I can honestly say I never once saw a kid complain about Chuck. If they did it was but a second or two. The same from a coach. One might hear a, “give us break Chuck,” coming from the dugout now and then but then you realized the coaches were probably venting frustrations about themselves. Chuck knew that.

Losing friends like Sam and Chuck is like watching your youngest child hang up her cleats for good. What was once here is now gone. It’s true, you can never really go home again but you need to remember others are just starting out.

Like watching little kids at the beach or watching little kids on a playground, you remember a life where nothing mattered but the moment. Life is full of those moments. Those moments define life and they define us.

Losing Sam and Chuck hurts because it does. If their loss doesn’t hurt, then you missed out on life.

We need to celebrate the ones guiding our children today like legendary Little League umpire Bob Hall and legendary referees Cleo Robinson and Jim Fogltance.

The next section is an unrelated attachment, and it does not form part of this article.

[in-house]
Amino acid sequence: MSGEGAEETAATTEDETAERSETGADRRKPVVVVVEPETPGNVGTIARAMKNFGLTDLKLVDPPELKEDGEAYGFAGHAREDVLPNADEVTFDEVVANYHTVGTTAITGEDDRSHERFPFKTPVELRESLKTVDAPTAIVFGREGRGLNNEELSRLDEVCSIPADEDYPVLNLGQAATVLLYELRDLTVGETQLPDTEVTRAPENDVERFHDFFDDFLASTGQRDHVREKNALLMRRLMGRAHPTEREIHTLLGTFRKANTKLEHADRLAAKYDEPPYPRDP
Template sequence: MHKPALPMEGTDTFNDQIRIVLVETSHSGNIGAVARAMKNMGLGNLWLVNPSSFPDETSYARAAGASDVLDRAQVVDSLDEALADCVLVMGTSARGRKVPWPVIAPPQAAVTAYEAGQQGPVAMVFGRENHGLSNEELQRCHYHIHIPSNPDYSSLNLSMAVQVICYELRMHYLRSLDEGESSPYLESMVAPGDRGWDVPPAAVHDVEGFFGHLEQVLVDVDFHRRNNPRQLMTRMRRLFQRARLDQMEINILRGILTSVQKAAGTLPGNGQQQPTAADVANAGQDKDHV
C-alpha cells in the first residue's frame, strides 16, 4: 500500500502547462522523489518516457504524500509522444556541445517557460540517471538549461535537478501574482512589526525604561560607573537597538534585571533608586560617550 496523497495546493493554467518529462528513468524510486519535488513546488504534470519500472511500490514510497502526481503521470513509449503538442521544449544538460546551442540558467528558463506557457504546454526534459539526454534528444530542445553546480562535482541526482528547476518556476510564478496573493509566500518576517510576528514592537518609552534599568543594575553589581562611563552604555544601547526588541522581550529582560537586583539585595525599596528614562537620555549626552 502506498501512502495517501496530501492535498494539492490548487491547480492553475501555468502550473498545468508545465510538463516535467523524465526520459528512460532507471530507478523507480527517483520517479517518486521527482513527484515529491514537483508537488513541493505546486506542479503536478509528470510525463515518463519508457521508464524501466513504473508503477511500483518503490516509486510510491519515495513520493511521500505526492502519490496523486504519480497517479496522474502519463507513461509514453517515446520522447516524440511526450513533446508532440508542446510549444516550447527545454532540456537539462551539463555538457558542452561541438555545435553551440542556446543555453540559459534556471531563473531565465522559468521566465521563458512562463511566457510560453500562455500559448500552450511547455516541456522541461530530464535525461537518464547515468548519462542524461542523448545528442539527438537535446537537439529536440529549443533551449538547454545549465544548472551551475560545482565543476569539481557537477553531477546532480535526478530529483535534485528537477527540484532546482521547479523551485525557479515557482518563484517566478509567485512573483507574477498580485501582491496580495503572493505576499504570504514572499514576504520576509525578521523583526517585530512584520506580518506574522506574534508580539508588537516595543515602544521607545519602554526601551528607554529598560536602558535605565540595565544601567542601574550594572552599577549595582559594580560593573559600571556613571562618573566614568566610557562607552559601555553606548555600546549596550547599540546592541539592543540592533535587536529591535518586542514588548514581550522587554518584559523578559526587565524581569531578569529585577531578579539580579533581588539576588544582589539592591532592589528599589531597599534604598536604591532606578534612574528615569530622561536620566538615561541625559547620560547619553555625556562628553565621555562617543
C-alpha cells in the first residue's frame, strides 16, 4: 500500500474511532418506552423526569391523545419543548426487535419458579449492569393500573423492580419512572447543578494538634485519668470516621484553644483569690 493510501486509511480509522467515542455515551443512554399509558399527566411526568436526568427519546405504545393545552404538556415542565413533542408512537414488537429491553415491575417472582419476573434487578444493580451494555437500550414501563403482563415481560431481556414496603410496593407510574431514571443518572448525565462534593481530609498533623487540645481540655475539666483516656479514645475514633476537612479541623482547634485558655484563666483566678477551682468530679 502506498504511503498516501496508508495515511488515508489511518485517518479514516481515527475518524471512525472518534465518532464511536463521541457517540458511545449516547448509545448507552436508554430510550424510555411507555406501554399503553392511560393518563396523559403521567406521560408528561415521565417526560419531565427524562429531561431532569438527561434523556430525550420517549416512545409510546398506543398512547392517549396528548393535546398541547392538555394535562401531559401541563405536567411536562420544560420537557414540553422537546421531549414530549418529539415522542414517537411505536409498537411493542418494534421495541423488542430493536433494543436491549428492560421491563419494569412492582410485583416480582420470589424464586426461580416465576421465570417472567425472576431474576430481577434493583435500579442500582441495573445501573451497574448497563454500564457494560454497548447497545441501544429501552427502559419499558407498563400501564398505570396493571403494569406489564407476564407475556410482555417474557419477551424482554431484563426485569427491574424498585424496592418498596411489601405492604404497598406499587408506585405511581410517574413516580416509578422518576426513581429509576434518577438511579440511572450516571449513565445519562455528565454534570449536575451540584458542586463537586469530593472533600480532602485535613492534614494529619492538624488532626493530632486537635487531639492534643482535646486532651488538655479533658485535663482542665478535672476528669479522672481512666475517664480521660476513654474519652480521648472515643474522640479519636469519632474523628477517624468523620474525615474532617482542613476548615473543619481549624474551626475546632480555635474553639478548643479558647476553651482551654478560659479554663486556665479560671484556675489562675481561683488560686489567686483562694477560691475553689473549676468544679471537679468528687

We don’t need to be old men with softened hearts to look back on those who helped our kids. There’s nothing wrong with young men and young women embracing their moment as it’s happening.

Embrace it before it’s gone.


Andy Morales was recognized by the AIA as the top high school reporter in 2014 and he was awarded the Ray McNally Award in 2017 and he has been a youth, high school and college coach for over 30 years. His own children have won multiple state high school championships and were named to all-state teams. Competing in hockey, basketball, baseball and track & field in high school, his unique perspective can only be found here and on AZPreps365.com. Andy is the Southern Arizona voting member of the Ed Doherty Award, recognizing the top football player in Arizona, and he was named a Local Hero by the Tucson Weekly for 2016. Contact Andy Morales at amoralesmytucson@yahoo.com